Yes, we do tend to judge a book by its cover but in the hospitality industry, as much as in commercial real estate, prejudgements are are the good kind of bad. They inspire landlords to realise the potential of those key public spaces and put an emphasis on them.

Calling all landlords –  6 ways to improve your office reception

The office reception is the first space potential tenants will discover when they visit your space. If you want to make a good first impression (hint: you should), there are several ways to make the reception area as attractive and leasable as possible.

 

Here are six ways you can improve, thus make your office reception more leasable.

1. Know your audience

lead-invest-office-main.jpg

Online lending & investing platform Lendinvest's London office, by Oktra

In order to hold your tenant’s attention, it is always useful to know your audience. To put it differently: what kind of tenant are you building for? Are you looking to attract a big tech company or targeting a creative start-up? Why would a traditional law firm or financial institution like the space you’re offering?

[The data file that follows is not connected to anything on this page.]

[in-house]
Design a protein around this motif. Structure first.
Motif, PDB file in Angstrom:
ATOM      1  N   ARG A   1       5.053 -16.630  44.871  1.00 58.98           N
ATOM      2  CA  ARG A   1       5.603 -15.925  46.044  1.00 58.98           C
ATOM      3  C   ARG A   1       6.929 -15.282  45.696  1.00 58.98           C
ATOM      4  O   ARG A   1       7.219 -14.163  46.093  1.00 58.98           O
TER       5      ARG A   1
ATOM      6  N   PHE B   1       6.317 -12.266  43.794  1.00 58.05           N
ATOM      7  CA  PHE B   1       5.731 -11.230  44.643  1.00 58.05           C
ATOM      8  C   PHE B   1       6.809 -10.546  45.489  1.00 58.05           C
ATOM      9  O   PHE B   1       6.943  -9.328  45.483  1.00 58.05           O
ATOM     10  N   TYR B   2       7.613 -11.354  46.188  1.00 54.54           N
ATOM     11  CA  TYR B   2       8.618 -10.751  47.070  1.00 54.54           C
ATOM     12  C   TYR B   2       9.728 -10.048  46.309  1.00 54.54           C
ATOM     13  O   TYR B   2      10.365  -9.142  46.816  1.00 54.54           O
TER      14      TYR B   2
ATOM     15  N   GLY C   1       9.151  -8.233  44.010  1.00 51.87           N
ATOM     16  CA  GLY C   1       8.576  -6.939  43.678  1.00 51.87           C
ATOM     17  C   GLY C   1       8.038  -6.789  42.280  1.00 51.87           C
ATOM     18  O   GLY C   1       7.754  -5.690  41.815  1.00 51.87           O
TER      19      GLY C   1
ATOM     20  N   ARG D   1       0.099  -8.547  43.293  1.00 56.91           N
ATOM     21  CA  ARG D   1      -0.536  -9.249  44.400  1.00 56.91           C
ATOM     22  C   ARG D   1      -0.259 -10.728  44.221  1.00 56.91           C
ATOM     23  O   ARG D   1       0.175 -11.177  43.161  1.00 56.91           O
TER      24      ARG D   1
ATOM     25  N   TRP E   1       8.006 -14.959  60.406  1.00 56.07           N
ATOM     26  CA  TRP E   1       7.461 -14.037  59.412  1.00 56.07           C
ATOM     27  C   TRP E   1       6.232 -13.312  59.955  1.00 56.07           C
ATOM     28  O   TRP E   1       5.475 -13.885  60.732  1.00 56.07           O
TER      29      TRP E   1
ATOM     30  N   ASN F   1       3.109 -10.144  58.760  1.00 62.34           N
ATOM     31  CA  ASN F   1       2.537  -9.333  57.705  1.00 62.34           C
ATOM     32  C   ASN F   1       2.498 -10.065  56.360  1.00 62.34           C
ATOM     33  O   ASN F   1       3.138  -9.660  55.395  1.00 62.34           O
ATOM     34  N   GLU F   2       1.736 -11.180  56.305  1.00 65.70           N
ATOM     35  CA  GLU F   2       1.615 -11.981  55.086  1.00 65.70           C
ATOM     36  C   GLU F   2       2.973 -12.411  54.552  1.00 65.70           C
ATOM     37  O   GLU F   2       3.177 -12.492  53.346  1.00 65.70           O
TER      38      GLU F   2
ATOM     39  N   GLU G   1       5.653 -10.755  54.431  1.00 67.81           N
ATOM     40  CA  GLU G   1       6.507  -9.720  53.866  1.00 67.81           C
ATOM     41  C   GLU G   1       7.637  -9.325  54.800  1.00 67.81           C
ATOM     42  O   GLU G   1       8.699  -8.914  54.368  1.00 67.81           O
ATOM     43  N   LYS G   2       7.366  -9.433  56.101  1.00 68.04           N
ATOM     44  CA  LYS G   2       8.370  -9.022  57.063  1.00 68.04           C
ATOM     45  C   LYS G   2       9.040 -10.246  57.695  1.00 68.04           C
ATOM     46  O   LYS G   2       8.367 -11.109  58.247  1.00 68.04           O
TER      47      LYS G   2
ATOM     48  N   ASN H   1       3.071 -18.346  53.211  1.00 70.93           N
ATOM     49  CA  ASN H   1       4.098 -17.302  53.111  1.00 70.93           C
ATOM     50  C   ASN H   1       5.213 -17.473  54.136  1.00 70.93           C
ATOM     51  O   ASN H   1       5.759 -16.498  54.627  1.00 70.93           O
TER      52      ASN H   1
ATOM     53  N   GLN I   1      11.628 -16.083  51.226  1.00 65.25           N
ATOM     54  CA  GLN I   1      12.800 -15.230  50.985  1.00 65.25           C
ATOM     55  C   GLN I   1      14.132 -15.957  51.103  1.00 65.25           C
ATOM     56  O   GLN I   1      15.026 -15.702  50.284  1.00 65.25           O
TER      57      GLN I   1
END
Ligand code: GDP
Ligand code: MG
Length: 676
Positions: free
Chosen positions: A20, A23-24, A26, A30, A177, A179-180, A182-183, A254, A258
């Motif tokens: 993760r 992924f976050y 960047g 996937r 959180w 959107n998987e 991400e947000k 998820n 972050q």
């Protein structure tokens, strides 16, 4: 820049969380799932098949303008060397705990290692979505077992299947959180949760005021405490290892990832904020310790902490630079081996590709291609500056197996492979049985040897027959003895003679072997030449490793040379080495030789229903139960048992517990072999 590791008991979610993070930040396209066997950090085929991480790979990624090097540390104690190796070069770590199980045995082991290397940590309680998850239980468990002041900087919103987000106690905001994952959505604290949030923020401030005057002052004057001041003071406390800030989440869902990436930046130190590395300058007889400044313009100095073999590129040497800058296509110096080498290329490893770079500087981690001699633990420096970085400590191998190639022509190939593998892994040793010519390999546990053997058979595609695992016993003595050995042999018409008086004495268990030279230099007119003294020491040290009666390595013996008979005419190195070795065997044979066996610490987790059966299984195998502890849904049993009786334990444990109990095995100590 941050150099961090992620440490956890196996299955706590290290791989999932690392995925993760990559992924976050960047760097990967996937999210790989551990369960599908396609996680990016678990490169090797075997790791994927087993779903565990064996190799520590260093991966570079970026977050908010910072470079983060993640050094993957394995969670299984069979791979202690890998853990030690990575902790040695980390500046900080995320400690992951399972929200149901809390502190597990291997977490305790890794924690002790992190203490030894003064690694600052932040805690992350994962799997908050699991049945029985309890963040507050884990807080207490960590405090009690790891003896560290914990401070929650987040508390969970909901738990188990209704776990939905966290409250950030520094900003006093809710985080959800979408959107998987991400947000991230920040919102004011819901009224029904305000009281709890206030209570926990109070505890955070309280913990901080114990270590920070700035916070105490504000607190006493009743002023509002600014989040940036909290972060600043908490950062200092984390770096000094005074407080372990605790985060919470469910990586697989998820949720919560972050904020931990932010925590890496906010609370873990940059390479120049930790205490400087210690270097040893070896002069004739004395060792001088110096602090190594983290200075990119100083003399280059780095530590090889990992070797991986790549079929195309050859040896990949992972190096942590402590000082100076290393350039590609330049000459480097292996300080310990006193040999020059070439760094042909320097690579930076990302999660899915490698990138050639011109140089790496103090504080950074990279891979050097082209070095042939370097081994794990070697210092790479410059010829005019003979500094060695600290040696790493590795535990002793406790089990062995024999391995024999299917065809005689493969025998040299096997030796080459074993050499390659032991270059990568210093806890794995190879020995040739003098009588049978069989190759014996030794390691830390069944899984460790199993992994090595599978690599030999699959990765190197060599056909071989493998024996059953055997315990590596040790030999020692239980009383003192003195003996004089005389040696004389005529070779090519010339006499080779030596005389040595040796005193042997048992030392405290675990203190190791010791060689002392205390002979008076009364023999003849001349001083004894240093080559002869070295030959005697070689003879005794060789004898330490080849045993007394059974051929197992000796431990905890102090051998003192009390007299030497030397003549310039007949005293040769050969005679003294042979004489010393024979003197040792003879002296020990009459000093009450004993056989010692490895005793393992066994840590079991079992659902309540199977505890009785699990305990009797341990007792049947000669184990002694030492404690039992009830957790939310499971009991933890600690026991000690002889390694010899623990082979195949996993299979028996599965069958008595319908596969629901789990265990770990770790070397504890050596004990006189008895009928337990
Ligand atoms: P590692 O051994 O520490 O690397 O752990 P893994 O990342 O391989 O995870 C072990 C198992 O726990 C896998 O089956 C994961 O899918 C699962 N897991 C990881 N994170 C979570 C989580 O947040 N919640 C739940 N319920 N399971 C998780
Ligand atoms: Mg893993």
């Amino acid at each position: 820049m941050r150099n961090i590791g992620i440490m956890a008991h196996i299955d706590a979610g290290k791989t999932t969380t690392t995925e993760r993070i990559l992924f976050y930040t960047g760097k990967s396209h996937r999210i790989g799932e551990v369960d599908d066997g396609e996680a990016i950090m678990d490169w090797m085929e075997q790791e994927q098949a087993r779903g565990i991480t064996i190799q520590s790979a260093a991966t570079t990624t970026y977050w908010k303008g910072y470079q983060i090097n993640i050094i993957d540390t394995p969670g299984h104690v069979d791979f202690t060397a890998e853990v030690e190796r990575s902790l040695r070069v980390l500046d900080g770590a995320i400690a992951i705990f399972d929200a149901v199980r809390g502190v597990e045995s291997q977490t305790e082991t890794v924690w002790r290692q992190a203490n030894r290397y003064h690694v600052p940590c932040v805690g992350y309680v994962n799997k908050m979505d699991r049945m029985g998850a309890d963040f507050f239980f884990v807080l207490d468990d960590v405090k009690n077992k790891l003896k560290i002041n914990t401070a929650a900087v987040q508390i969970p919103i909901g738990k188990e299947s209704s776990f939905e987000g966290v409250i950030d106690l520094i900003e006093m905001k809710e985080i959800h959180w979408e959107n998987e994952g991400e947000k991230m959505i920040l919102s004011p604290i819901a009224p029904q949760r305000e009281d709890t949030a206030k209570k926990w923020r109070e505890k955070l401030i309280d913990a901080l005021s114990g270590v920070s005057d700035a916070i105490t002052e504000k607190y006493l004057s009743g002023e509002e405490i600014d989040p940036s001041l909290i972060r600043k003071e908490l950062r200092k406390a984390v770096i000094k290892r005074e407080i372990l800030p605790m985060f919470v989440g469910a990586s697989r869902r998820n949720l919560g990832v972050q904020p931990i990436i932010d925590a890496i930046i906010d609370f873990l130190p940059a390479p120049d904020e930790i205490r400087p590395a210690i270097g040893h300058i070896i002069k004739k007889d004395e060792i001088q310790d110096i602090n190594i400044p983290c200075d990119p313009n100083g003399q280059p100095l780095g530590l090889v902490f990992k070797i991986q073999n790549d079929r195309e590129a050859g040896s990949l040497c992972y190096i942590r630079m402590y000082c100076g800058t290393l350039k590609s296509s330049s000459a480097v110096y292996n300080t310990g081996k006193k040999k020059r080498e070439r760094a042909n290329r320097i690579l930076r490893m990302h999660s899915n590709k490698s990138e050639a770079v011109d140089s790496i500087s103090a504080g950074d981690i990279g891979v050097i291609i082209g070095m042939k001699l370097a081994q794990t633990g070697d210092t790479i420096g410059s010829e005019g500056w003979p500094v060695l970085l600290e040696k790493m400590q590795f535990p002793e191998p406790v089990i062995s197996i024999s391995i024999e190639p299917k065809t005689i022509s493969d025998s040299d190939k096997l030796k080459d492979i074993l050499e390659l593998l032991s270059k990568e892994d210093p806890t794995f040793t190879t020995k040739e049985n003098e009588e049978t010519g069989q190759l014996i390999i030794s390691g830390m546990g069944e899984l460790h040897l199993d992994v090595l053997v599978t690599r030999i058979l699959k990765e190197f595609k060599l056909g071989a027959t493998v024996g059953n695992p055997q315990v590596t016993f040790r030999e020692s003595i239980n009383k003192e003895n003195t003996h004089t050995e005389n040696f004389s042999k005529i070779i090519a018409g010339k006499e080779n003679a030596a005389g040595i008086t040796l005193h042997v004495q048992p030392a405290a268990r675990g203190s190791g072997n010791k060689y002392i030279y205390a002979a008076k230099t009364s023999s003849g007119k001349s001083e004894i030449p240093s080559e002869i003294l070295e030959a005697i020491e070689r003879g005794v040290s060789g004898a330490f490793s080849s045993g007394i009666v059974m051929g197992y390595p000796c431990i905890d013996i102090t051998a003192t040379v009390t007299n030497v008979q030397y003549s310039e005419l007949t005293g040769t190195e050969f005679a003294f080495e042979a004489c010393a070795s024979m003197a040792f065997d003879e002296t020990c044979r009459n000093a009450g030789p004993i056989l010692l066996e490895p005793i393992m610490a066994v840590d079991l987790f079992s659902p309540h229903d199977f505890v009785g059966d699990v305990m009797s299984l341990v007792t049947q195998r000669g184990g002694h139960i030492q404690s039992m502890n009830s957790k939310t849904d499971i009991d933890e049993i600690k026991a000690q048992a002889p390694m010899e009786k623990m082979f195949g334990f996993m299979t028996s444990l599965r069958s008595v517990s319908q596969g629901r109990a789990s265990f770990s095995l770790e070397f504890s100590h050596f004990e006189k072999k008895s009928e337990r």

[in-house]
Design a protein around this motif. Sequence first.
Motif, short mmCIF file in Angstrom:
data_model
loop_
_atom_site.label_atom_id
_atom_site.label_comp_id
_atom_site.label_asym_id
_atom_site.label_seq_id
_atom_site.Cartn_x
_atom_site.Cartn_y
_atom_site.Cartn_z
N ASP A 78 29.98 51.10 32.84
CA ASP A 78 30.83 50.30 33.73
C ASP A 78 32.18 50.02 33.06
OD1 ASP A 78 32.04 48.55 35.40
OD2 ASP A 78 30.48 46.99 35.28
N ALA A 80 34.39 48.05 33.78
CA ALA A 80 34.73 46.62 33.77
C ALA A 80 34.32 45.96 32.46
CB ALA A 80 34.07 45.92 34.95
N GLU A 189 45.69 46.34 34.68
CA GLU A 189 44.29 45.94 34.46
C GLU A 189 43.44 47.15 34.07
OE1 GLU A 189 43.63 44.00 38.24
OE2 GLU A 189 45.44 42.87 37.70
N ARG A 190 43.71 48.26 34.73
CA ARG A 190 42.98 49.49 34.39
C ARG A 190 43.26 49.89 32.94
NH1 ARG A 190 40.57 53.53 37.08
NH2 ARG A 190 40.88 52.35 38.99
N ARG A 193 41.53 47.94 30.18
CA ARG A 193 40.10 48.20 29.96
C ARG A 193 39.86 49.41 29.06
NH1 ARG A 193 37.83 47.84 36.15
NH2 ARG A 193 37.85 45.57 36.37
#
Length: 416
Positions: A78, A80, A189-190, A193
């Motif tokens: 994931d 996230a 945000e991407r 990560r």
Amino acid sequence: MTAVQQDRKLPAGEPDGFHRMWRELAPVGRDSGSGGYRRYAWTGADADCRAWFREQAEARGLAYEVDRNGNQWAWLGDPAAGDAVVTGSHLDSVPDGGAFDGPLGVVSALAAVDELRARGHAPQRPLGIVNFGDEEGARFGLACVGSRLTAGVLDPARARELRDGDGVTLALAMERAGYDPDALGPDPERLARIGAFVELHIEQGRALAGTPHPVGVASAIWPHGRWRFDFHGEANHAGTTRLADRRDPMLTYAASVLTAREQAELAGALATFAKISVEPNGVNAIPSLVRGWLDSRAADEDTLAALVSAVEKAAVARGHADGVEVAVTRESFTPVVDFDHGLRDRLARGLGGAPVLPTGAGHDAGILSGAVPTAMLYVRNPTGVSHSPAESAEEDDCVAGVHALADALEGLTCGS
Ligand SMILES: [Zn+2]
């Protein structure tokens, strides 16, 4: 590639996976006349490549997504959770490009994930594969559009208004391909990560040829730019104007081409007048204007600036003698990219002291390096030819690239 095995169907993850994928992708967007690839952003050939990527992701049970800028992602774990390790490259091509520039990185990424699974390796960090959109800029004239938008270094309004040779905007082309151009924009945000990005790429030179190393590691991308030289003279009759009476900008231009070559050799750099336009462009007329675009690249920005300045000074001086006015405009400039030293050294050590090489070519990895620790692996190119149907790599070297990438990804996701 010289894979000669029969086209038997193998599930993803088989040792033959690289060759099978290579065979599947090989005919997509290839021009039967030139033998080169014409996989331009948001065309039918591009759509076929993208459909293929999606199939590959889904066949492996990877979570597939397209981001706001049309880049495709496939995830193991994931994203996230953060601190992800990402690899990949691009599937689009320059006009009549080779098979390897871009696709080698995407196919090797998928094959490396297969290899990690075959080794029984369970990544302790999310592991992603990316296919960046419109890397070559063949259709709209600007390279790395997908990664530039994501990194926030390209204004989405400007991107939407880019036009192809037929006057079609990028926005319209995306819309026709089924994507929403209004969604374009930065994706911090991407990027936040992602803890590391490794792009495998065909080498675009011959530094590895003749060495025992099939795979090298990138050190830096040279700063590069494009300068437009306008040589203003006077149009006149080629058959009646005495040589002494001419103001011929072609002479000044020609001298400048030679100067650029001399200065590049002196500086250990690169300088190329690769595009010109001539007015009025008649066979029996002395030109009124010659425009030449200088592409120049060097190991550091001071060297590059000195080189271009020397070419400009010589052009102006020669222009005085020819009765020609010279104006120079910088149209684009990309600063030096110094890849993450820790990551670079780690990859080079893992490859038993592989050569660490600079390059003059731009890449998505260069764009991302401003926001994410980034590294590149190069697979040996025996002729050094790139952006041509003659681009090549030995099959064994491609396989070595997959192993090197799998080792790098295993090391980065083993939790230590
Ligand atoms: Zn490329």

Having your dream end user in mind will help you stay focused: nobody likes undecided landlords and if your office reception seems to be on the fence, chances are your prospective tenant will be too. It might be tempting to appeal to a broader audience but, just like employers like to read a tailored cover letter, tenants like to see build-outs that have been designed with them in mind.

So now, you have done your research, you have established what is in high demand and you have settled on your dream tenant. How will you capture their interest and convince them that you care? How will you set the tone?

2. Think neutral colours